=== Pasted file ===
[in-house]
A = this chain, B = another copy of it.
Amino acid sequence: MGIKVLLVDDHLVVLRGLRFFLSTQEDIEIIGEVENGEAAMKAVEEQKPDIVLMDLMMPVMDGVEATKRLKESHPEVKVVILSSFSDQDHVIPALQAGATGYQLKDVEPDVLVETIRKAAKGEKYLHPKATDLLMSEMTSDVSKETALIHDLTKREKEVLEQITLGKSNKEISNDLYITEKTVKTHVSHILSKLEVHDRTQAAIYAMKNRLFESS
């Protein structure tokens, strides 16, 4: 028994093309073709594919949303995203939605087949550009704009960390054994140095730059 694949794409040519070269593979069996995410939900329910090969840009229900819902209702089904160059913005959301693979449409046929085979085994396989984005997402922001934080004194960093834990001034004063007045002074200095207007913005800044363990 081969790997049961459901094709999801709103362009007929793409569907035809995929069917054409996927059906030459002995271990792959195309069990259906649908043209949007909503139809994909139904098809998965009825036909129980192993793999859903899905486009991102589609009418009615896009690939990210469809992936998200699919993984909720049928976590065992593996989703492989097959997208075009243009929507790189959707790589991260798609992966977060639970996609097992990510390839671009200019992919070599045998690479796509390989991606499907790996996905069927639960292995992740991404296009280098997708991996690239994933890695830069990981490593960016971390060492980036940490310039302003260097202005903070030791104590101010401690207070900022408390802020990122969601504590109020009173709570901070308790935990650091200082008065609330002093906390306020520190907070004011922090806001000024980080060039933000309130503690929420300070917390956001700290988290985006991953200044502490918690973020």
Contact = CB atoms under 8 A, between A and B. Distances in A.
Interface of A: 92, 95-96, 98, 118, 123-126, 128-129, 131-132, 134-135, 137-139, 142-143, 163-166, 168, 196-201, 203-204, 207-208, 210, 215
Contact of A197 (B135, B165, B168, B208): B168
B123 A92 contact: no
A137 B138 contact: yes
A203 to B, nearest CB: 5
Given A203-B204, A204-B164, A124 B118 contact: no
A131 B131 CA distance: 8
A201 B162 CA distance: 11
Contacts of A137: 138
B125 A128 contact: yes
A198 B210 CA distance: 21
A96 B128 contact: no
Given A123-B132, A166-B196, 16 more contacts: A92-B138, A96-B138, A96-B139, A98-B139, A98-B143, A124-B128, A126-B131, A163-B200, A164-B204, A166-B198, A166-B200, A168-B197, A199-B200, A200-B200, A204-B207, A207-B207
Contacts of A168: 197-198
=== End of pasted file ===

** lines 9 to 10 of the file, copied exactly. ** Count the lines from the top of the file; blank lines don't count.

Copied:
A137 B138 contact: yes
A203 to B, nearest CB: 5